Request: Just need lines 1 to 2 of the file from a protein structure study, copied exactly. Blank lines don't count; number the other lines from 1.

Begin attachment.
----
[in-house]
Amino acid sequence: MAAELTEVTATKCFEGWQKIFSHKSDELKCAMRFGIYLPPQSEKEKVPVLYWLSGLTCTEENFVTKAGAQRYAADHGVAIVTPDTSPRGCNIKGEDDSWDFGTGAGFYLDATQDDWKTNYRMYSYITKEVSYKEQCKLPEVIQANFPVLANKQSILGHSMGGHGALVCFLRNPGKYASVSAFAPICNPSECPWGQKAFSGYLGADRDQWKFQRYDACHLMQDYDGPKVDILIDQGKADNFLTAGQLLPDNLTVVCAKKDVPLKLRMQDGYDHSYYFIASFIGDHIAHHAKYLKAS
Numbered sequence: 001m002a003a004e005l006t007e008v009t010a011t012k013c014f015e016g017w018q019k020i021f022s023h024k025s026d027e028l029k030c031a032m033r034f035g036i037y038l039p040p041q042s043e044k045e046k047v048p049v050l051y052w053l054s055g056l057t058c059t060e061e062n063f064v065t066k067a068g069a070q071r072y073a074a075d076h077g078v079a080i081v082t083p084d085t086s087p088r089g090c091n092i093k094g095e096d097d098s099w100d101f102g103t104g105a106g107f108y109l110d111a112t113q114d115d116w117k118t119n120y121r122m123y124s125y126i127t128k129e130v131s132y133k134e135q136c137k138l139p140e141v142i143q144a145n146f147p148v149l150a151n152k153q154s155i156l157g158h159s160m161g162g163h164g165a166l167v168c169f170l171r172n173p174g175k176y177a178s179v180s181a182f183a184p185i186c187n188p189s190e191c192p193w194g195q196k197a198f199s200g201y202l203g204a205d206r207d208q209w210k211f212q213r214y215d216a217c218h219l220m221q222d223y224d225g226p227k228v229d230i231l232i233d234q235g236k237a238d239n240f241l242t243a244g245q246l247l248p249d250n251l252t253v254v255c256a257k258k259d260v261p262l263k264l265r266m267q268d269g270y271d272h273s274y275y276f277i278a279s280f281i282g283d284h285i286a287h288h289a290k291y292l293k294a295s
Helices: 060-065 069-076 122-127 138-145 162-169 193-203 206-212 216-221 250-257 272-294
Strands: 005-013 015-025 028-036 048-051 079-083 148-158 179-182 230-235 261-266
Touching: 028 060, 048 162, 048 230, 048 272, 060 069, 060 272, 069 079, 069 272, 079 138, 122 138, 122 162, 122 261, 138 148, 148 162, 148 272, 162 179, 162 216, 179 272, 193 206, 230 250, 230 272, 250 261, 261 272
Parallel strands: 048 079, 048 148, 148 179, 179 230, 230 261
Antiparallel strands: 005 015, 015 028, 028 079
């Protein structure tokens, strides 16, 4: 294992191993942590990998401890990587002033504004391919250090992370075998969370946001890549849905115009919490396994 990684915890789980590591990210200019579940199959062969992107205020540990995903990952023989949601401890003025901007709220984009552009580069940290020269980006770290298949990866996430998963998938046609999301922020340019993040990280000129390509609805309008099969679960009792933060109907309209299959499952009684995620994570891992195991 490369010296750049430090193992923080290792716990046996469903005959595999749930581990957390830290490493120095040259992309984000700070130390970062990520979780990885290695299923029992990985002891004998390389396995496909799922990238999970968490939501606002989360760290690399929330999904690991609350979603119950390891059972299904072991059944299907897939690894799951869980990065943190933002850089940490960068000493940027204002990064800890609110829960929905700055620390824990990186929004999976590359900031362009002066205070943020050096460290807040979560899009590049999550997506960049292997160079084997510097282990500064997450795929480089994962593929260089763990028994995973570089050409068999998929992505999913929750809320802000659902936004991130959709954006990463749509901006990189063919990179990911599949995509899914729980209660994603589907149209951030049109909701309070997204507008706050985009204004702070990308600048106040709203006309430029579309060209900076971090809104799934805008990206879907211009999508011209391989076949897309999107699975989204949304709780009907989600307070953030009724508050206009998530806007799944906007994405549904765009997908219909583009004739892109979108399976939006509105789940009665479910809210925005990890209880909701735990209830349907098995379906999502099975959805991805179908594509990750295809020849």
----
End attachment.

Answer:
[in-house]
Amino acid sequence: MAAELTEVTATKCFEGWQKIFSHKSDELKCAMRFGIYLPPQSEKEKVPVLYWLSGLTCTEENFVTKAGAQRYAADHGVAIVTPDTSPRGCNIKGEDDSWDFGTGAGFYLDATQDDWKTNYRMYSYITKEVSYKEQCKLPEVIQANFPVLANKQSILGHSMGGHGALVCFLRNPGKYASVSAFAPICNPSECPWGQKAFSGYLGADRDQWKFQRYDACHLMQDYDGPKVDILIDQGKADNFLTAGQLLPDNLTVVCAKKDVPLKLRMQDGYDHSYYFIASFIGDHIAHHAKYLKAS